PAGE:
Not so long ago, aviation was a very national sort of a business: many of the big airports were owned by nation states, and the airline industry was dominated by the state-backed national flag carriers (British Airways, Air France and so on). Since governments set airline regulations too, that meant those airlines were given all sorts of competitive advantages in their own country, and pretty much everyone faced barriers to entry in others. 

The EU changed all that. Since 1994, the European Single Aviation Market (ESAM) has allowed free movement of people and cargo; established common rules over safety, security, the environment and so on; and ensured fair competition between European airlines. It also means that an AOC – an Air Operator Certificate, the bit of paper an airline needs to fly – from any European country would be enough to operate in all of them. 

Do we really need all these acronyms?

No, alas, we need more of them. There’s also ECAA, the European Common Aviation Area – that’s the area ESAM covers; basically, ESAM is the aviation bit of the single market, and ECAA the aviation bit of the European Economic Area, or EEA. Then there’s ESAA, the European Aviation Safety Agency, which regulates, well, you can probably guess what it regulates to be honest.

All this may sound a bit dry-

It is.

-it is a bit dry, yes. But it’s also the thing that made it much easier to travel around Europe. It made the European aviation industry much more competitive, which is where the whole cheap flights thing came from.

In a speech last December, Andrew Haines, the boss of Britain’s Civil Aviation Authority said that, since 2000, the number of destinations served from UK airports has doubled; since 1993, fares have dropped by a third. Which is brilliant.

Brexit, though, means we’re probably going to have to pull out of these arrangements.

Stop talking Britain down.

Don’t tell me, tell Brexit secretary David Davis. To monitor and enforce all these international agreements, you need an international court system. That’s the European Court of Justice, which ministers have repeatedly made clear that we’re leaving.

So: last March, when Davis was asked by a select committee whether the open skies system would persist, he replied: “One would presume that would not apply to us” – although he promised he’d fight for a successor, which is very reassuring. 

We can always holiday elsewhere. 

Perhaps you can – O’Leary also claimed (I’m still not making this up) that a senior Brexit minister had told him that lost European airline traffic could be made up for through a bilateral agreement with Pakistan. Which seems a bit optimistic to me, but what do I know.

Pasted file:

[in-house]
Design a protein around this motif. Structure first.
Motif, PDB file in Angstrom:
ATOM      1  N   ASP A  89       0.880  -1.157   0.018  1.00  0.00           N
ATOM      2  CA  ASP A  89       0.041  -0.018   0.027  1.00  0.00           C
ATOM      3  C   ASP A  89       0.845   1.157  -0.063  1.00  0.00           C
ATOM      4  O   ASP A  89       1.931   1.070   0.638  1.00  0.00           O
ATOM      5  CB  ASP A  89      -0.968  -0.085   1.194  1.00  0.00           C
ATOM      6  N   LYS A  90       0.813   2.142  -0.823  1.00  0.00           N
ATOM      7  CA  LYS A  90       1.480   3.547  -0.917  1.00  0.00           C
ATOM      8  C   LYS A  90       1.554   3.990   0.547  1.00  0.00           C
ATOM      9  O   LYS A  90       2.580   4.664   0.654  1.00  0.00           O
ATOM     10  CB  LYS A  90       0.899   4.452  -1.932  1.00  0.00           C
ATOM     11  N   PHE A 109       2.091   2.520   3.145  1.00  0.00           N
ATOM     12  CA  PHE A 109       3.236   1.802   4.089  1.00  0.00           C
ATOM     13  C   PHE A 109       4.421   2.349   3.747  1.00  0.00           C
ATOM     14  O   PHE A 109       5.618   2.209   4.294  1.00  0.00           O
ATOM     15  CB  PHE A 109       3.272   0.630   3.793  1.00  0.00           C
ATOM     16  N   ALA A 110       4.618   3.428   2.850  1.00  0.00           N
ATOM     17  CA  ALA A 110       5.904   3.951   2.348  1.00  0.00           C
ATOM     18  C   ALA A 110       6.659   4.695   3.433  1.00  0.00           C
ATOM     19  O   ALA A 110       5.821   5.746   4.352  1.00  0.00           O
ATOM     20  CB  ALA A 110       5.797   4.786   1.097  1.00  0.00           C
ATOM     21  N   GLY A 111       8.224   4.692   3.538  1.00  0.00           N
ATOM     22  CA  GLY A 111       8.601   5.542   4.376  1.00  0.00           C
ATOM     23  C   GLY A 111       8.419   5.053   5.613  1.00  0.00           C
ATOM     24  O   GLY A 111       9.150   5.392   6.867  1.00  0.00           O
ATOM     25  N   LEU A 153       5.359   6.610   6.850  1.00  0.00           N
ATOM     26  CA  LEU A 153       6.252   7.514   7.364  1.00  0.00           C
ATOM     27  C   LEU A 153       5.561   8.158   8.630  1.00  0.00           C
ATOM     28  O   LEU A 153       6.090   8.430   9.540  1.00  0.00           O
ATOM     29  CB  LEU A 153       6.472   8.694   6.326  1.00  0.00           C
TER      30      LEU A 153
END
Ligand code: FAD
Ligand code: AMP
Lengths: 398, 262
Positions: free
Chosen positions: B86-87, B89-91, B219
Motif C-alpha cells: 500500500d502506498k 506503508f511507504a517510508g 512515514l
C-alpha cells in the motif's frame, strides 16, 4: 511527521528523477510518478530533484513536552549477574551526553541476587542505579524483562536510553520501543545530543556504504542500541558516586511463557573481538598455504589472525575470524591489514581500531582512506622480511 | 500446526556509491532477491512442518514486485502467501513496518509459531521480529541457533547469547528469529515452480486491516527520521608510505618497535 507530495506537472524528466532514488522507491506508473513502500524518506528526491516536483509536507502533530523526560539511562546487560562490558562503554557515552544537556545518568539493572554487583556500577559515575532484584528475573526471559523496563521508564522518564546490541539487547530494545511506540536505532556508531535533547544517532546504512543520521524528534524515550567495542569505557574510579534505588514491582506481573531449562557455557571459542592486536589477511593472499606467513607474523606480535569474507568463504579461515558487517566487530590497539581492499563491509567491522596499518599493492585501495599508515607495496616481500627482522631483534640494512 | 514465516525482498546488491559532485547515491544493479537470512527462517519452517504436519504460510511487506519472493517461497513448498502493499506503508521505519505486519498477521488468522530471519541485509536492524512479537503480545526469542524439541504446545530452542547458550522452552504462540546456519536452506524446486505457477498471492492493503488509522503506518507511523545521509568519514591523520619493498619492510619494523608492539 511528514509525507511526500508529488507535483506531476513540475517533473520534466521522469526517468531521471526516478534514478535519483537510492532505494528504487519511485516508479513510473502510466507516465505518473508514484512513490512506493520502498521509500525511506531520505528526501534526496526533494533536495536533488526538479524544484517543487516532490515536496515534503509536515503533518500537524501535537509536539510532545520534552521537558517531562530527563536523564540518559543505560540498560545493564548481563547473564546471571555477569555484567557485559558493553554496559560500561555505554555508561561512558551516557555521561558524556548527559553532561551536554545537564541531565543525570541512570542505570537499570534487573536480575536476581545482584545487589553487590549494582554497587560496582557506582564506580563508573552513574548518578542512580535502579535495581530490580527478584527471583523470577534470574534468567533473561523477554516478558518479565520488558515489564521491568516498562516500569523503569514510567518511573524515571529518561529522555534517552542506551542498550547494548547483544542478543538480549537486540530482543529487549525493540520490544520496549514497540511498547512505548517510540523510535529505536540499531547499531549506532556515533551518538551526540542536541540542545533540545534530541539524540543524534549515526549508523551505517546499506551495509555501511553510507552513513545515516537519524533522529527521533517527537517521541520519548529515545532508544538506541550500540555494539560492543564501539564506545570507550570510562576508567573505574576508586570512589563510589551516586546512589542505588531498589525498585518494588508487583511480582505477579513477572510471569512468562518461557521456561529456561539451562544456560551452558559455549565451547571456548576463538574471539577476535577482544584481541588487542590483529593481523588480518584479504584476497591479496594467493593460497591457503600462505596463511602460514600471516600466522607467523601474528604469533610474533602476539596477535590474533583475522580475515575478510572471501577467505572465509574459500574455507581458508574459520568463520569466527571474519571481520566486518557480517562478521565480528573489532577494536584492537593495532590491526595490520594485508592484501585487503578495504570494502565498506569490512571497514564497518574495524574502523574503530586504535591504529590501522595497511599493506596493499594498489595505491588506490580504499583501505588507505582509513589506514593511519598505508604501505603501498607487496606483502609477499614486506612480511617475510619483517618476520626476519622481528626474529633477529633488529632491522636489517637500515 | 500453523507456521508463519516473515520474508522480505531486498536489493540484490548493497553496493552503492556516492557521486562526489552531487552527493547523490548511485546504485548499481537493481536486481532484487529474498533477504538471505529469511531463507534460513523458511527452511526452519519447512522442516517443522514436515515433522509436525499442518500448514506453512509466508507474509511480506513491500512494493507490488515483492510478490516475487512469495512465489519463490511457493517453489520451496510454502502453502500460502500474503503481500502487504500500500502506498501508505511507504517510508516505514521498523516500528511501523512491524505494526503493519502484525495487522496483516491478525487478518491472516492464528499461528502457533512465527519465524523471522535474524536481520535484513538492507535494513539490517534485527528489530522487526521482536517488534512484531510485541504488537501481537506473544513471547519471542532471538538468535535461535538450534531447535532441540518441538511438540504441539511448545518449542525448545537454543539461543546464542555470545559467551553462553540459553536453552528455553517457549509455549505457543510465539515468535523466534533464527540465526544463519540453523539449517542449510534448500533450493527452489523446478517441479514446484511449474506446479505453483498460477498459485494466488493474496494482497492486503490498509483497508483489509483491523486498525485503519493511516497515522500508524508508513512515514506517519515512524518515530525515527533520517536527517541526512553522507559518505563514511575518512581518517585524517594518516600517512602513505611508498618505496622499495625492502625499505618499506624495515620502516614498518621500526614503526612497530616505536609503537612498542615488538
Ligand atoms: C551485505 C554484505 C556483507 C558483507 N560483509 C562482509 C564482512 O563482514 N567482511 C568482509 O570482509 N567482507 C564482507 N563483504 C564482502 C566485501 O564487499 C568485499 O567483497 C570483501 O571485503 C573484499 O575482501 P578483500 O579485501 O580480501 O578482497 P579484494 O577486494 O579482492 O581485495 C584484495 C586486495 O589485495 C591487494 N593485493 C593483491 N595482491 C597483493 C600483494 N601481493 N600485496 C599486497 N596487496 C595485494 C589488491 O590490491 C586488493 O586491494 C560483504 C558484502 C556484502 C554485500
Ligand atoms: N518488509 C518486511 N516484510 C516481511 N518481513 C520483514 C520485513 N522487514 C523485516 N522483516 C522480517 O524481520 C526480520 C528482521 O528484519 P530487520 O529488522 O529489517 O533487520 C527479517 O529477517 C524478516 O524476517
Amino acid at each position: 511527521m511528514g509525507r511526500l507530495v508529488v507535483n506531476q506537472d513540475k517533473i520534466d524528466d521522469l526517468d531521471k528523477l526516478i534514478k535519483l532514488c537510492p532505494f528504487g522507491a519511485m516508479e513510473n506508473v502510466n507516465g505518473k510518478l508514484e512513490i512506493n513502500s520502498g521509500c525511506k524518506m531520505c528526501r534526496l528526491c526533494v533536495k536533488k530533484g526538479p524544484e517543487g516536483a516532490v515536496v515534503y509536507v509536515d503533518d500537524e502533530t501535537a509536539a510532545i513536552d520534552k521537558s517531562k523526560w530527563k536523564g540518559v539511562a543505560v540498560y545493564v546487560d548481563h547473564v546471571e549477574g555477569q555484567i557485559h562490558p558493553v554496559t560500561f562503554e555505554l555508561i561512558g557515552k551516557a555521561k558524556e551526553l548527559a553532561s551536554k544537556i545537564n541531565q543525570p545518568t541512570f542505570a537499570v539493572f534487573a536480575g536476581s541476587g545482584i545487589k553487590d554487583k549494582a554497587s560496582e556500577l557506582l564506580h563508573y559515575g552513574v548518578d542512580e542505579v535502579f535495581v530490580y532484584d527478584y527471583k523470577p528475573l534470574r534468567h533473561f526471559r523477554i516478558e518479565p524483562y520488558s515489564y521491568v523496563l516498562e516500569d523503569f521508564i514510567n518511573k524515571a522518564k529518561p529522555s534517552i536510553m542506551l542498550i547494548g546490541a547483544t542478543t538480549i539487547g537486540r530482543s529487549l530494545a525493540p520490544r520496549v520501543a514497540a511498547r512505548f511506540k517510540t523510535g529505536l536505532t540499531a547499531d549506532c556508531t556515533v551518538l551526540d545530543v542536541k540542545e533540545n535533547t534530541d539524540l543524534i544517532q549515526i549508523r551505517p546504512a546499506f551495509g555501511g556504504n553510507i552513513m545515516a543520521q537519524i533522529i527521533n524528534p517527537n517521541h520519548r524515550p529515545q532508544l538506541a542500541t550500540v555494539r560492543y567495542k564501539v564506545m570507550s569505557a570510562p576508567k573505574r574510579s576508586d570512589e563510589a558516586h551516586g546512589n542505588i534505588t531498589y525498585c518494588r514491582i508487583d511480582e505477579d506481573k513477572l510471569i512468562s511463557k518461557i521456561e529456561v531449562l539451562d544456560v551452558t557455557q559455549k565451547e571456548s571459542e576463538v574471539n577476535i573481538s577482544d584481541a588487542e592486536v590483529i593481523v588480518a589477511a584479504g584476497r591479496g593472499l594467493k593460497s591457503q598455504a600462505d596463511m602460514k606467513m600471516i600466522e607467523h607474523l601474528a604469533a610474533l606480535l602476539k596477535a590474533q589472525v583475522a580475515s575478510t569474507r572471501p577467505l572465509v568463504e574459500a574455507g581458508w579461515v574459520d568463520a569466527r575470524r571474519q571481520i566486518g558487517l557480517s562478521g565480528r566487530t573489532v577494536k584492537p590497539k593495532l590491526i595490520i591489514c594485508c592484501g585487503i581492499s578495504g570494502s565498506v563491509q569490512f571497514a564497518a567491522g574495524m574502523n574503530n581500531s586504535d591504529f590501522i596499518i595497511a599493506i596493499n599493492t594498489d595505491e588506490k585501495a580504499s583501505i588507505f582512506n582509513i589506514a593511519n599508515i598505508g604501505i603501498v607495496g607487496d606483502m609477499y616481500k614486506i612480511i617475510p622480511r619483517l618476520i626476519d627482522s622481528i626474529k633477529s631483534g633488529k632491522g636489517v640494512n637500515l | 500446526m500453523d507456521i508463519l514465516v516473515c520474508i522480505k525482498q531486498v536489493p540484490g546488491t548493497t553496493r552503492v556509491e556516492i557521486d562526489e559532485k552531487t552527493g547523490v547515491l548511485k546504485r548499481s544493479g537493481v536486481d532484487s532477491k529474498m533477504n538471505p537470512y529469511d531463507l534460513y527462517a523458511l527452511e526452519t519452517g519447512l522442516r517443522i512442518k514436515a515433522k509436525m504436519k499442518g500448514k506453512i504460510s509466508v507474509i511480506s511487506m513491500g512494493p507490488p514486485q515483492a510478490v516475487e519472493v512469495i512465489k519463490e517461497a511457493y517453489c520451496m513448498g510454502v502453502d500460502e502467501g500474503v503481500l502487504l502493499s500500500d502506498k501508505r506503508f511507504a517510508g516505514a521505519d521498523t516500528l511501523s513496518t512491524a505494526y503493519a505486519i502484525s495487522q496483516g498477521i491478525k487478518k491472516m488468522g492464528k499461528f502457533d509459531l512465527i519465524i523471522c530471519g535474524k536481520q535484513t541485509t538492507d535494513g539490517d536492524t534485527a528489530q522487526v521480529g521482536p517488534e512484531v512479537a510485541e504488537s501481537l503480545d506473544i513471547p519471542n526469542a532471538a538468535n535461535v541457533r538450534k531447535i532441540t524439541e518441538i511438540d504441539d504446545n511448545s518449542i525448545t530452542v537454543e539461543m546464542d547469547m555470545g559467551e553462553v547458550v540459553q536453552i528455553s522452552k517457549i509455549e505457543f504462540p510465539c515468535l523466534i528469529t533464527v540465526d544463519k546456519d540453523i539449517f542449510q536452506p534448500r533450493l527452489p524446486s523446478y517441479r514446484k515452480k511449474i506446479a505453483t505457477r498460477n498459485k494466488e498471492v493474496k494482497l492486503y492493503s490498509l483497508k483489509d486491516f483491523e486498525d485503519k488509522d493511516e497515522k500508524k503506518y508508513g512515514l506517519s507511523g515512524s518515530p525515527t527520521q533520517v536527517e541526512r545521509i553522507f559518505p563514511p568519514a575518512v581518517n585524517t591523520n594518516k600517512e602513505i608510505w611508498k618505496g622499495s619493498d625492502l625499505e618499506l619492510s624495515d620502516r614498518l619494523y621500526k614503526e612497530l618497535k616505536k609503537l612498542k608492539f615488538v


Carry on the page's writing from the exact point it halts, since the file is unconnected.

Intercontinental flights are still likely to be more difficult, though. Since 2007, flights between Europe and the US have operated under a separate open skies agreement, and leaving the EU means we’re we’re about to fall out of that, too.  

Surely we’ll just revert to whatever rules there were before.

Apparently not. Airlines for America – a trade body for... well, you can probably guess that, too – has pointed out that, if we do, there are no historic rules to fall back on: there’s no aviation equivalent of the WTO.

The claim that flights are going to just stop is definitely a worst case scenario: in practice, we can probably negotiate a bunch of new agreements. But we’re already negotiating a lot of other things, and we’re on a deadline, so we’re tight for time.

In fact, we’re really tight for time. Airlines for America has also argued that – because so many tickets are sold a year or more in advance – airlines really need a new deal in place by March 2018, if they’re to have faith they can keep flying. So it’s asking for aviation to be prioritised in negotiations.

The only problem is, we can’t negotiate anything else until the EU decides we’ve made enough progress on the divorce bill and the rights of EU nationals. And the clock’s ticking.

This is just remoaning. Brexit will set us free.

A little bit, maybe. CAA’s Haines has also said he believes “talk of significant retrenchment is very much over-stated, and Brexit offers potential opportunities in other areas”. Falling out of Europe means falling out of European ownership rules, so itcould bring foreign capital into the UK aviation industry (assuming anyone still wants to invest, of course). It would also mean more flexibility on “slot rules”, by which airports have to hand out landing times, and which are I gather a source of some contention at the moment.

But Haines also pointed out that the UK has been one of the most influential contributors to European aviation regulations: leaving the European system will mean we lose that influence. And let’s not forget that it was European law that gave passengers the right to redress when things go wrong: if you’ve ever had a refund after long delays, you’ve got the EU to thank.

So: the planes may not stop flying. But the UK will have less influence over the future of aviation; passengers might have fewer consumer rights; and while it’s not clear that Brexit will mean vastly fewer flights, it’s hard to see how it will mean more, so between that and the slide in sterling, prices are likely to rise, too.

It’s not that Brexit is inevitably going to mean disaster. It’s just that it’ll take a lot of effort for very little obvious reward. Which is becoming something of a theme.

Still, we’ll be free of those bureaucrats at the ECJ, won’t be?

This’ll be a great comfort when we’re all holidaying in Grimsby.

Jonn Elledge edits the New Statesman's sister site CityMetric, and writes for the NS about subjects including politics, history and Brexit. You can find him on Twitter or Facebook.